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Medical Complication Of Meth

Methamphetamine use is rising at a higher rate all over the United States. The use of meth began largely on the West Coast and eventually spread to the Midwest and it is now moving to engulf the entire nation. Understanding both the medical and psychological effects of meth abuse is essential to identify drug use and provide appropriate medical care.

It is essential to remember the fact that medical complications of meth addiction may vary based on the individual, consistency of use, quantity of dosage, and/or earlier medical attributes.

The medical complications of meth are listed below.

Cardiovascular and Neurological complications

Methamphetamine causes a number of cardiovascular problems. This includes faster heart rate, abnormal heartbeat, elevated blood pressure level. Chronic methamphetamine abuse can lead to inflammation in the heart lining.

Meth abuse also will cause a permanent, stroke-creating injury to tiny blood vessels within the brain. Hyperthermia which means raised body's temperature and convulsions occur with meth overdoses, and when not treated immediately, can lead to death. Methamphetamine use is related to ischemic stroke, brain hemorrhage, particularly among younger patients

Psychological or Behavioral complications

Meth users are often violent, weird acting, extremely anxious, perplexed and struggling to sleep. Psychotic features are certainly common as an impact of this drug. These individuals will present fear, auditory and visual hallucinations, mood swings, delusions, suicidal thoughts, and uncontrollable rages. These behavioral alterations can continue to persist for many years after drug use is ceased.

A severe methamphetamine psychosis has been identified in the professional medical literature. This can be characterized by intense paranoia, well formed delusions, increased sensitivity to environmental stimulus, stereotyped tweaking behavior, stress, intense fearfulness, along with a high possibility of physical violence. Self injurious behavior can happen after administration of higher or repeated doses. These behaviors consist of self biting, head bumping, itching, hair pulling along with other forms of injury.

Oral Health complications

Oral medical problems are generally associated with methamphetamine abuse. Meth users are hyperactive and quite often limit consuming meals and liquids during time periods of intense drug use, resulting in dehydration and dryness of mouth. In addition, while bingeing, meth users might not practice any kind of dental hygiene.

As a consequence, meth users frequently develop caries. Frank coronal wounds are usually preceded by tooth decay involving the entire area of the teeth. Tooth wear could be further made worse by bruxism, as acute meth administration frequently causes users to grind the teeth and clench the jaws. Lastly, the motivation to receive dental treatments will be limited, as meth users occasionally don't report pain, even if they have severe caries.

HIV or Sexually Transmitted Infections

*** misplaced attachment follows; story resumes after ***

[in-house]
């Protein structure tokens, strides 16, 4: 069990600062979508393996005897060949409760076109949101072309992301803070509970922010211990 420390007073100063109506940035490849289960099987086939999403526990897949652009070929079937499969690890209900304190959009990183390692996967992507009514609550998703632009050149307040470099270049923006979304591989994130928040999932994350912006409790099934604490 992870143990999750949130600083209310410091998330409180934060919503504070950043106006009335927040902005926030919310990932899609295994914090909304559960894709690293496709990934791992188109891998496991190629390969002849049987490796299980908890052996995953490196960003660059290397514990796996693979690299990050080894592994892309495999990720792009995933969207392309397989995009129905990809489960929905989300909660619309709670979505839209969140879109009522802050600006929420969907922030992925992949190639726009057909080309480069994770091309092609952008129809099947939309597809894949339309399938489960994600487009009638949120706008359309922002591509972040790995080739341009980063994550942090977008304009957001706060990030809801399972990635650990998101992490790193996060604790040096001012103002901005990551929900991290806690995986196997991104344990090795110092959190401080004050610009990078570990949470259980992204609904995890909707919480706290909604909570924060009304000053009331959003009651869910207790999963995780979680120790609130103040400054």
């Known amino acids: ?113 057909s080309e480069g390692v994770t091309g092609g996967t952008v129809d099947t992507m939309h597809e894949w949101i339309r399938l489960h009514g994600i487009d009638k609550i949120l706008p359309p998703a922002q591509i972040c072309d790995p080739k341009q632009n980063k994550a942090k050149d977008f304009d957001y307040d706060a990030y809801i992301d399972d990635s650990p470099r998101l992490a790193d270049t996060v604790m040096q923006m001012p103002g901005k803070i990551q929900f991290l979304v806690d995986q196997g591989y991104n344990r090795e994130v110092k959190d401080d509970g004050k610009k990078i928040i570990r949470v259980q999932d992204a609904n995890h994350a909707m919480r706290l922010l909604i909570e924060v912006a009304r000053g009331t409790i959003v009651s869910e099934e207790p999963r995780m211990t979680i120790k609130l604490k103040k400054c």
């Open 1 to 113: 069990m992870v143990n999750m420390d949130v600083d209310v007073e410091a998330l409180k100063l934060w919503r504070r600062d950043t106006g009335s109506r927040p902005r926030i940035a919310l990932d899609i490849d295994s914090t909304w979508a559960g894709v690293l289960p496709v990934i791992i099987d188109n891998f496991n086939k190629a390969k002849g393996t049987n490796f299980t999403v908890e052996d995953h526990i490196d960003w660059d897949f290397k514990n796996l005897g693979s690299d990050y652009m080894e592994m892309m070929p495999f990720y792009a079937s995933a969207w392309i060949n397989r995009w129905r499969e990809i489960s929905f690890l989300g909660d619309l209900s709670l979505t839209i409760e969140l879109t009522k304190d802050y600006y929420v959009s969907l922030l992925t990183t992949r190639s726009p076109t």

Meth can create side effects that alter judgment and self-consciousness, leading individuals to participate in hazardous behaviors, thus increasing the potential risk of HIV transmission. The principle route of transmission of HIV as well as other infectious disorders amongst injection drug users is usually by sharing contaminated needles or other devices. Since meth alters self-consciousness, meth users are more inclined to share devices and instigate these kinds of transmission.

Meth abuse can increase the transmission of HIV not only in those who inject the drug, but in addition, in individuals who use various other routes of administration, mainly because meth users frequently experience a rise in their sex drive. Such a boost can result in promiscuity, obsessive masturbation, or extended intercourse. Additionally, users who had unusual sexual adjustment prior to their use of the drug might be at higher risk for promiscuity and sadomasochistic behavior. Factors including promiscuity and prostitution not simply elevate the potential risk of sexually transmitted infections for meth users, but also for their partners too.

Acute lead poisoning

Acute lead poisoning is yet another potential risk for meth abusers. One common method of illegitimate meth production makes use of lead acetate as a reagent. Manufacturing errors may thus result in meth toxified with lead. There has been recorded instances of acute lead poisoning in intravenous methamphetamine abusers.

Death

The two most important causes of death due to meth use seem to be whenever fresh users who've not developed a threshold administer a dosage as high as of which is used by an experienced user or whenever a user uses a high dose following an interval of withdrawal in the course of which the user's tolerance had lowered. Mechanisms responsible for fatalities include:

  • Ischemic stroke because of meth inhalation
  • Caudal thalamic infarctions as a result of meth taken intranasally
  • Vascularizing dementia

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